Grant: How do the German fighters hold up over the time period of the game? Is it difficult to survive? Why?
Greg: It can be difficult to survive. I’d certainly recommend players strongly consider buying the “Parachute” skill early, lol. The German planes do quite well, especially the versions of Fw190. I’d have to honestly say the Bf109 is definitely the “hard mode” for the game, at least, until they upgrade their firepower. The main issue is you will be receiving defensive firepower from the bombers. Sometimes, quite heavily. The player’s key decisions to make (other than tactical ones) are how he is going to spend his skill points – for offensive skills, or defensive skills.
Grant: What are the Ace cards like and what aces are represented? Can you show us some examples and describe what they are good at?
Greg: I included 8 different Ace cards, and tried to include game abilities that matched some real-life ability or fact about that pilot. The aces included are the top bomber-killers, not necessarily the aces with the outright highest kill totals.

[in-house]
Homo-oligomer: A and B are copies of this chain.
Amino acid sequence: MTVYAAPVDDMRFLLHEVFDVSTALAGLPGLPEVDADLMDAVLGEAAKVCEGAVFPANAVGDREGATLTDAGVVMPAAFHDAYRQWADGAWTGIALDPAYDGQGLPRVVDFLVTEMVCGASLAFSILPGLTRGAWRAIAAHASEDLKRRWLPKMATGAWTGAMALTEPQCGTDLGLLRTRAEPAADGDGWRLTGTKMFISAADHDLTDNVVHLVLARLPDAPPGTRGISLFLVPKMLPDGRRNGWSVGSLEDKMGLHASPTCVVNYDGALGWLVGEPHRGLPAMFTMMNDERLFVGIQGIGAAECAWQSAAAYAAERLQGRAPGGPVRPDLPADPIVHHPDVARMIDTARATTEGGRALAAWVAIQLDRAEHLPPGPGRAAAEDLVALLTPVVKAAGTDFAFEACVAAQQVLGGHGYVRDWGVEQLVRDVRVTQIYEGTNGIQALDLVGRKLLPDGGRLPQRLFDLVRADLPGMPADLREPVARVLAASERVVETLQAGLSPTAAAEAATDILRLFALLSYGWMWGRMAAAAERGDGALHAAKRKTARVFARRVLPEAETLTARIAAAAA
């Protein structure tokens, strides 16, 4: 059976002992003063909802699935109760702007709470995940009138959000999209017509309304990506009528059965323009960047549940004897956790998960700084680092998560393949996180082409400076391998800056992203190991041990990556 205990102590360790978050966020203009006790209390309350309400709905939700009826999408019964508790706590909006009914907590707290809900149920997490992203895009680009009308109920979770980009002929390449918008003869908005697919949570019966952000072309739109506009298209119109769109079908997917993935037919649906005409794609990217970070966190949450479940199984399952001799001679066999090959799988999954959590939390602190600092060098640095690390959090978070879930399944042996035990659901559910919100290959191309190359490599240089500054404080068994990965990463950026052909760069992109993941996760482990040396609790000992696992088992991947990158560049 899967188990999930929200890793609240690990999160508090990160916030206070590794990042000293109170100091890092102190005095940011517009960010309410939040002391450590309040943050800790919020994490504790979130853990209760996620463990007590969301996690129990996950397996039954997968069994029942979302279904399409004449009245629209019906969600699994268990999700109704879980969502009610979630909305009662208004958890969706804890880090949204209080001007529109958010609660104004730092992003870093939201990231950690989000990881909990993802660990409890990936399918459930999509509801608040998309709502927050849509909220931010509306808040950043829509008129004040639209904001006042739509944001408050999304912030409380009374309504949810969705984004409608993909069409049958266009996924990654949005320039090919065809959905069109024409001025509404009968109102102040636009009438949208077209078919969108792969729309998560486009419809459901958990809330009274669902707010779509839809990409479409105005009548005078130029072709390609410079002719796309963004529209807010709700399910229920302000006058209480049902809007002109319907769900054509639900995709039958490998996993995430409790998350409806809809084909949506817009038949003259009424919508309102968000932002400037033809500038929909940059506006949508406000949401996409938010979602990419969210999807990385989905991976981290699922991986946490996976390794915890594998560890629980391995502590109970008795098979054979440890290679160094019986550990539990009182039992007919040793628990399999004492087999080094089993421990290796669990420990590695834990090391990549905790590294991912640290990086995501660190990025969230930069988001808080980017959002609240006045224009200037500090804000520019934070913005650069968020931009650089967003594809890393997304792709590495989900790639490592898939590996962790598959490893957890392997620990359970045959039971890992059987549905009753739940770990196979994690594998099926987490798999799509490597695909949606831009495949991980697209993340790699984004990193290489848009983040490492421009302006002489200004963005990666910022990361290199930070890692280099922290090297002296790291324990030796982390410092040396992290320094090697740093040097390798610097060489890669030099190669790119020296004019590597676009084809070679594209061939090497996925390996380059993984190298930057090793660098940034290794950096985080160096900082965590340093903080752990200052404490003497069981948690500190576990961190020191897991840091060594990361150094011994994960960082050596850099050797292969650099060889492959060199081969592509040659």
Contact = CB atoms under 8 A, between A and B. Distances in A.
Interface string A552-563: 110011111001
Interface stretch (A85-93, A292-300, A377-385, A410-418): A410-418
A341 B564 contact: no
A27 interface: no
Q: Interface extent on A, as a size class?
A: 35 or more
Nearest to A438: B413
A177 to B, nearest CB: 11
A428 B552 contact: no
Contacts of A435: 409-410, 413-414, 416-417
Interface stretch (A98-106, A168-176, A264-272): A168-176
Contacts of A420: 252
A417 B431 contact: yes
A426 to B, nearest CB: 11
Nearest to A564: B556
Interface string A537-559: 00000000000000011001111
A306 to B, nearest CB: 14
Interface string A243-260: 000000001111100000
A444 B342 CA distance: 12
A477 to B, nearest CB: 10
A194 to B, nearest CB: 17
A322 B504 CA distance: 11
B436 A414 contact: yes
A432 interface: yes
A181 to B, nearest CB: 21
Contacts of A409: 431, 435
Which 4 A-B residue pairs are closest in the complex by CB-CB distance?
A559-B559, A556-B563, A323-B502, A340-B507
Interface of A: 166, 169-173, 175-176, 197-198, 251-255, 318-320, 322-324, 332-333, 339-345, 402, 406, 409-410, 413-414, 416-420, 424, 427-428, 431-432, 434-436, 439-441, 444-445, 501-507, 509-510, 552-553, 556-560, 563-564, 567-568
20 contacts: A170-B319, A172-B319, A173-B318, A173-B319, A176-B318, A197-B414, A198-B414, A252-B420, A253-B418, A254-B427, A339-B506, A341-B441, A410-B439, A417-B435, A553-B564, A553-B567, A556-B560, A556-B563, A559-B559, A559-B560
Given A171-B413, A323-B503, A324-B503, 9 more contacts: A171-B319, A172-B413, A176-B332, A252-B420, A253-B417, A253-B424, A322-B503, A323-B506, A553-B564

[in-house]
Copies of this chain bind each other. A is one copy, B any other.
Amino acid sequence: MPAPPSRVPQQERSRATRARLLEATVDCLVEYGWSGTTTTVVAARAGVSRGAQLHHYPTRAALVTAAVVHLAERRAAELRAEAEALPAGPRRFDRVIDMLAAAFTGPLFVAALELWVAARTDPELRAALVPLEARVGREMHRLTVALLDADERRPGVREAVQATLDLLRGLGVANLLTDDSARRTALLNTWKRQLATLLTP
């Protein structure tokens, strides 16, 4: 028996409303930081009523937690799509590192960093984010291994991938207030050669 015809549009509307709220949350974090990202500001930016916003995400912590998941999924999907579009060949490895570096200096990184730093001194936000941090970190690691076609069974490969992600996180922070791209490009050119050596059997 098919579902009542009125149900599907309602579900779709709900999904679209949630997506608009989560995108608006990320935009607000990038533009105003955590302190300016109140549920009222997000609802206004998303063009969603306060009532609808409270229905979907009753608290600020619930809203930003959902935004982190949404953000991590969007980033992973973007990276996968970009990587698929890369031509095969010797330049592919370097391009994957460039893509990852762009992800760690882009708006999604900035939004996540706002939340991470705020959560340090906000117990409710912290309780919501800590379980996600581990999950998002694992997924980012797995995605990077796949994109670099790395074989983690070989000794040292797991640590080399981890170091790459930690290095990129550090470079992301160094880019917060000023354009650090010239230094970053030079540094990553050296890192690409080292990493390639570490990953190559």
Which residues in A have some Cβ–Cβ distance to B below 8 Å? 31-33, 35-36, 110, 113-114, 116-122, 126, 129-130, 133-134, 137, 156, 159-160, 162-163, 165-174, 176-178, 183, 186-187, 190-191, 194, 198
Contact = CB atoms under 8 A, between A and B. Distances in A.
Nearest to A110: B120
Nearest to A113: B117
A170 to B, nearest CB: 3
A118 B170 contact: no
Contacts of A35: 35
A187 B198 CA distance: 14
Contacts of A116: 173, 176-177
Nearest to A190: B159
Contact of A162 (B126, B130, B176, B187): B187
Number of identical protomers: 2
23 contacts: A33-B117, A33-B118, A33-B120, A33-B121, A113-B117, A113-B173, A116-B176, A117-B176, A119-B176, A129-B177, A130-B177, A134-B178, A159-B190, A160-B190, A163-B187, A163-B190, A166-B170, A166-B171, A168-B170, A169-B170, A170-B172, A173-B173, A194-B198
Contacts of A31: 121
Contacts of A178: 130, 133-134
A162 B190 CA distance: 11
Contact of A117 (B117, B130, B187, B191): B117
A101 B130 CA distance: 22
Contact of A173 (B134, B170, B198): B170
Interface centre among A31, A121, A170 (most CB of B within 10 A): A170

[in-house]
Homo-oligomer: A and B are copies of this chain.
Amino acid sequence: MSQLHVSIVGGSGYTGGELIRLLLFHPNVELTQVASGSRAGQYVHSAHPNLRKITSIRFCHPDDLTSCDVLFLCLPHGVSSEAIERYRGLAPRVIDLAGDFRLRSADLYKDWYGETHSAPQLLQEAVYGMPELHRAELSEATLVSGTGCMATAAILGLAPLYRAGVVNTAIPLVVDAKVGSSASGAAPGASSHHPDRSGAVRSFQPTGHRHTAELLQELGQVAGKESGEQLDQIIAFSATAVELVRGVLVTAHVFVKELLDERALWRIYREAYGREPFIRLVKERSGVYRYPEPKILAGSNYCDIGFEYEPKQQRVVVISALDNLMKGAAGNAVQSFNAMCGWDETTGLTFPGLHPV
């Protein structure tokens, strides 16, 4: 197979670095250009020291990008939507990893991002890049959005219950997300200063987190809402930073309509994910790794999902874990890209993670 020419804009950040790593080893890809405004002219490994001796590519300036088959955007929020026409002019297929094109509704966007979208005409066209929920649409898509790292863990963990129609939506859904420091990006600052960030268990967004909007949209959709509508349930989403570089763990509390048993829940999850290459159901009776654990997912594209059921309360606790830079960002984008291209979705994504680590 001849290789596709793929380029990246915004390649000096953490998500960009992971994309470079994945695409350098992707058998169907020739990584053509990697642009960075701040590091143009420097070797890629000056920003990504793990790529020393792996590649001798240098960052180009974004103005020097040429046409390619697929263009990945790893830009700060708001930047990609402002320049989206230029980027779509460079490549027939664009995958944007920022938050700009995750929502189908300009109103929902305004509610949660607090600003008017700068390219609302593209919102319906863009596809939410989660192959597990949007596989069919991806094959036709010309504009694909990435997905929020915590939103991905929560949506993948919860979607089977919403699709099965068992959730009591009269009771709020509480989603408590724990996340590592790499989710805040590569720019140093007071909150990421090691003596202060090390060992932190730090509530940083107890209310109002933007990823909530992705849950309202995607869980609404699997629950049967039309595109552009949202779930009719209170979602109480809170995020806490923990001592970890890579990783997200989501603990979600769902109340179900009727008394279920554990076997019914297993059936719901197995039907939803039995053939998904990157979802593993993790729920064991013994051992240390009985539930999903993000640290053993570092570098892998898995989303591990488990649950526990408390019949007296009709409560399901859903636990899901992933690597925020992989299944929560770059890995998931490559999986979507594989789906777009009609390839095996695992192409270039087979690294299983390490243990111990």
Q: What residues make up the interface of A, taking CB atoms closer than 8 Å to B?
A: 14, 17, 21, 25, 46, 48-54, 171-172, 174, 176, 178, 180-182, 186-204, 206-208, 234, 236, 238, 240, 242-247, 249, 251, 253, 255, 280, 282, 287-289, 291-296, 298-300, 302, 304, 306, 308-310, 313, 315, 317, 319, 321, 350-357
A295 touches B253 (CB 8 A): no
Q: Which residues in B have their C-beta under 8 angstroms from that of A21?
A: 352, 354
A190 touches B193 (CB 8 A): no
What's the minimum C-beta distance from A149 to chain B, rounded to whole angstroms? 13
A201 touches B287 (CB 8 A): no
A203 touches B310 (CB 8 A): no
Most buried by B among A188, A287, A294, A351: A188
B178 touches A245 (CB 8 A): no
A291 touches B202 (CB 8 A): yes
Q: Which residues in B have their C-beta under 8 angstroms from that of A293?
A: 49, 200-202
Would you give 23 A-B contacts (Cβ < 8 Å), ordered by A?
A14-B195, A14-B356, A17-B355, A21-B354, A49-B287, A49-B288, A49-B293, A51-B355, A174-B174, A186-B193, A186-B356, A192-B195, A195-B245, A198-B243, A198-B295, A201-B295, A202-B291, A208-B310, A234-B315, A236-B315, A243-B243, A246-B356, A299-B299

Grant: How does the game play out and what is the Sequence of Play?
Greg: Well, it is overall similar to Nightfighter Ace, in that you have a pilot and his aircraft, you roll for random bombing targets, and you go to intercept the raids. You may be intercepted yourself by a fighter sweep before reaching the bombers. After you’ve had enough combat, you land, check for awards, promotions, etc.
Grant: Any changes to the aircraft cards or the play mats?
Greg: Probably the key change is the addition of your Wingman Status section. Your wingman can assist you in fighting escorts, and in fact, you’re penalized if he’s not around due to damage, wounds, or he got shot down. He can also progress on the skill track – if you can keep your wingman alive long enough to improve him, he can be a big help later on in the game.
Grant: Let’s talk about the solo A.I.. How does it make decisions? What priorities does it use to determine things like flight paths, evasive tactics and defense?